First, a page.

## Annual Energy Output from a Wind Turbine

We are now ready to calculate the relationship between average wind speeds and annual energy output from a wind turbine.
To draw the graph to the right, we have used the power calculator on the previous page, and the power curve from the default example 600 kW wind turbine. We have used a standard atmosphere with an air density of 1.225 kg/m3.
For each of the Weibull parameters 1.5, 2.0, and 2.5 we have calculated the annual energy output for different average wind speeds at turbine hub height.
As you can see, output may vary up to 50 per cent depending on the shape parameter at a low average wind speed of 4.5 m/s, while it may vary some 30 per cent at a very high average wind speed of 10 m/s at hub height.

Output varies almost with the cube of the wind speed
Now, let us look at the red curve with k=2, which is the curve normally shown by manufacturers:
With an average wind speed of 4.5 m/s at hub height the machine will generate about 0.5 GWh per year, i.e. 500,000 kWh per year. With an average wind speed of 9 metres per second it will generate 2.4 GWh/year = 2,400,000 kWh per year. Thus, doubling the average wind speed has increased energy output 4.8 times.
If we had compared 5 and 10 metres per second instead, we would have obtained almost exactly 4 times as much energy output.
The reason why we do not obtain exactly the same results in the two cases, is that the efficiency of the wind turbine varies with the wind speeds, as described by the power curve. Note, that the uncertainty that applies to the power curve also applies to the result above.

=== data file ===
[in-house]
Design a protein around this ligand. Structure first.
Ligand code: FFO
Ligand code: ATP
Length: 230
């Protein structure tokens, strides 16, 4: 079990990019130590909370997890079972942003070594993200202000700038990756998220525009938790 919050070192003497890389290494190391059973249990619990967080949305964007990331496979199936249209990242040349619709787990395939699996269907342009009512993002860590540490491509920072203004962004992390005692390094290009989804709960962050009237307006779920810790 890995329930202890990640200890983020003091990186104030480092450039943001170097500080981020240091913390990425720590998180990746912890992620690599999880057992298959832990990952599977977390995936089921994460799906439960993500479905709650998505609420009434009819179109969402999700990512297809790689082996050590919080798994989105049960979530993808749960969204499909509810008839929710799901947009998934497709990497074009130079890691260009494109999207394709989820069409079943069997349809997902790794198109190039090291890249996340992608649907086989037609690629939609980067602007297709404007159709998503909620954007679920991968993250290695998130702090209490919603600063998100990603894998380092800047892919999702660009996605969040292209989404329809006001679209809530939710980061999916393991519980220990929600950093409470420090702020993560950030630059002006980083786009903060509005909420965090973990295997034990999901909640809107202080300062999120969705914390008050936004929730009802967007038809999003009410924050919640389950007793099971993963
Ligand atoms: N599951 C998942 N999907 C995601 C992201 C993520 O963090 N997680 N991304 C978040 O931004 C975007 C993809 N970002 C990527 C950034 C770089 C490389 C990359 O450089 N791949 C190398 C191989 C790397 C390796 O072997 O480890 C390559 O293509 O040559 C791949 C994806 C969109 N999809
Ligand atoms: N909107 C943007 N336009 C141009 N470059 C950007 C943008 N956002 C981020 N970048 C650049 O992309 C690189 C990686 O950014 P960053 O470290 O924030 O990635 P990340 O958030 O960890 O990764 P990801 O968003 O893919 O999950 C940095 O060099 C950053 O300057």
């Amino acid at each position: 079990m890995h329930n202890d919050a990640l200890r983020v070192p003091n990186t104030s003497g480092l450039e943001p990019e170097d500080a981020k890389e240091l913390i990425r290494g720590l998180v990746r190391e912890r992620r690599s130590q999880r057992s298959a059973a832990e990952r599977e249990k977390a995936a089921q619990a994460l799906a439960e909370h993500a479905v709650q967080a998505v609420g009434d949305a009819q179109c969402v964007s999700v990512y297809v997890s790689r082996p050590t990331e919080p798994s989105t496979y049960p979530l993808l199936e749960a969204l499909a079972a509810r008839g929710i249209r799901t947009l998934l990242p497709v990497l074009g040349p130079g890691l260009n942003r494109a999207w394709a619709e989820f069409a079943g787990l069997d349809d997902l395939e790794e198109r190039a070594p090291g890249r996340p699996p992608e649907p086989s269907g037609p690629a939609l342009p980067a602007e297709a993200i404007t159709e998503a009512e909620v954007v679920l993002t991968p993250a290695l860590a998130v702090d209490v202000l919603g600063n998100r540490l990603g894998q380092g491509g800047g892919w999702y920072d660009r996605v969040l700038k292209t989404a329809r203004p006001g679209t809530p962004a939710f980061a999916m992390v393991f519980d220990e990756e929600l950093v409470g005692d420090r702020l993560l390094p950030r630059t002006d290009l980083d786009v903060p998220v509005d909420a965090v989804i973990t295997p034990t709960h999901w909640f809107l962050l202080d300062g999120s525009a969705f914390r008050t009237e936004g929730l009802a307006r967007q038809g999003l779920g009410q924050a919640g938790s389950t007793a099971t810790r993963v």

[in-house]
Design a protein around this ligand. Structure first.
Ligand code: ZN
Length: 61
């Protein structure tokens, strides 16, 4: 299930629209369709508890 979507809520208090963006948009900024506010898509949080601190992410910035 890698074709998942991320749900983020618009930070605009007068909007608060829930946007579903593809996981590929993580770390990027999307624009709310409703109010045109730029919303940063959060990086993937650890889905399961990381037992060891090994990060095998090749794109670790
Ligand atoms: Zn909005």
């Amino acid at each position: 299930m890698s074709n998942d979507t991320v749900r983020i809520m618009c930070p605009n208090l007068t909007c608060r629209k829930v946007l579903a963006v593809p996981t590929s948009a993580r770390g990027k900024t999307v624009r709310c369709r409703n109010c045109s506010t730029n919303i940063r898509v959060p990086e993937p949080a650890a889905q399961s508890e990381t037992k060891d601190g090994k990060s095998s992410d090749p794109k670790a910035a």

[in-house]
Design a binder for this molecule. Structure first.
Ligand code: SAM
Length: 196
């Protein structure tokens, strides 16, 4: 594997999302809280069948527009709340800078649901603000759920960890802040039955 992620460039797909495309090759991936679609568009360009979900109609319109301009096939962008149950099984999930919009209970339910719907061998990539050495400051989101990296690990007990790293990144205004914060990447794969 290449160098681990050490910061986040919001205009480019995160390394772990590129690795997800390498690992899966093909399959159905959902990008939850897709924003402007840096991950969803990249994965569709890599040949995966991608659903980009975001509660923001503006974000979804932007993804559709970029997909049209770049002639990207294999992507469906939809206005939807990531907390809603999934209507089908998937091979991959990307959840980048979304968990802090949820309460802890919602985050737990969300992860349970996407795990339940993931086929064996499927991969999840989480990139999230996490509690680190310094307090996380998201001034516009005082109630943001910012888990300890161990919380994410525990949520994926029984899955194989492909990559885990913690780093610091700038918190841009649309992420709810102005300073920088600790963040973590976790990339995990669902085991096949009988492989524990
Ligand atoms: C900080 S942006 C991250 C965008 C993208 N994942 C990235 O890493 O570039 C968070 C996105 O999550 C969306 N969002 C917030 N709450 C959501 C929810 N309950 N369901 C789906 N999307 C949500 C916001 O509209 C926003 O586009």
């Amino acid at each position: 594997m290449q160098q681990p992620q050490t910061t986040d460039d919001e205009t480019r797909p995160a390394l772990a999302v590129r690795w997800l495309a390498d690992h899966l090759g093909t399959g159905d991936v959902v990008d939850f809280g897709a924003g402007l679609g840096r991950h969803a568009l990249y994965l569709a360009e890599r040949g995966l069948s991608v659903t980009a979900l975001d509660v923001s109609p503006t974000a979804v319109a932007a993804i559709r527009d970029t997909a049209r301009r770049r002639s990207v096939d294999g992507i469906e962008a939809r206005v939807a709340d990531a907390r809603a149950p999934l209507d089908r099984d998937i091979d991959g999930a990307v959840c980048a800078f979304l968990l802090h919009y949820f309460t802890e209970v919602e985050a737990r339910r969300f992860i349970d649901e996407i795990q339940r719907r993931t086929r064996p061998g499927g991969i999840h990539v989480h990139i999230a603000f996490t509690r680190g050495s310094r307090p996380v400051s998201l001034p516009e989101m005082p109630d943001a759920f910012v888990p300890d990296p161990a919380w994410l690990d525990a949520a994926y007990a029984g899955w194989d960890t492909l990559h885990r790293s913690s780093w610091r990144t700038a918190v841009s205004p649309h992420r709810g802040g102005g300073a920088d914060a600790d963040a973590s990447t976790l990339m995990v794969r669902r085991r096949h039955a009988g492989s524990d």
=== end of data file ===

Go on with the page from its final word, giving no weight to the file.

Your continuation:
You may refine your calculations by accounting for the fact that e.g. in temperate climates the wind tends to be stronger in winter than in summer, and stronger during the daytime than at night.

The Capacity Factor
Another way of stating the annual energy output from a wind turbine is to look at the capacity factor for the turbine in its particular location. By capacity factor we mean its actual annual energy output divided by the theoretical maximum output, if the machine were running at its rated (maximum) power during all of the 8766 hours of the year.
Example: If a 600 kW turbine produces 1.5 million kWh in a year, its capacity factor is = 1500000 : ( 365.25 * 24 * 600 ) = 1500000 : 5259600 = 0.285 = 28.5 per cent.
Capacity factors may theoretically vary from 0 to 100 per cent, but in practice they will usually range from 20 to 70 per cent, and mostly be around 25-30 per cent.

The Capacity Factor Paradox
Although one would generally prefer to have a large capacity factor, it may not always be an economic advantage. This is often confusing to people used to conventional or nuclear technology.
In a very windy location, for instance, it may be an advantage to use a larger generator with the same rotor diameter (or a smaller rotor diameter for a given generator size). This would tend to lower the capacity factor (using less of the capacity of a relatively larger generator), but it may mean a substantially larger annual production, as you can verify using the Power calculator on this web site.
Whether it is worthwhile to go for a lower capacity factor with a relatively larger generator, depends both on wind conditions, and on the price of the different turbine models of course.
Another way of looking at the capacity factor paradox is to say, that to a certain extent you may have a choice between a relatively stable power output (close to the design limit of the generator) with a high capacity factor - or a high energy output (which will fluctuate) with a low capacity factor.

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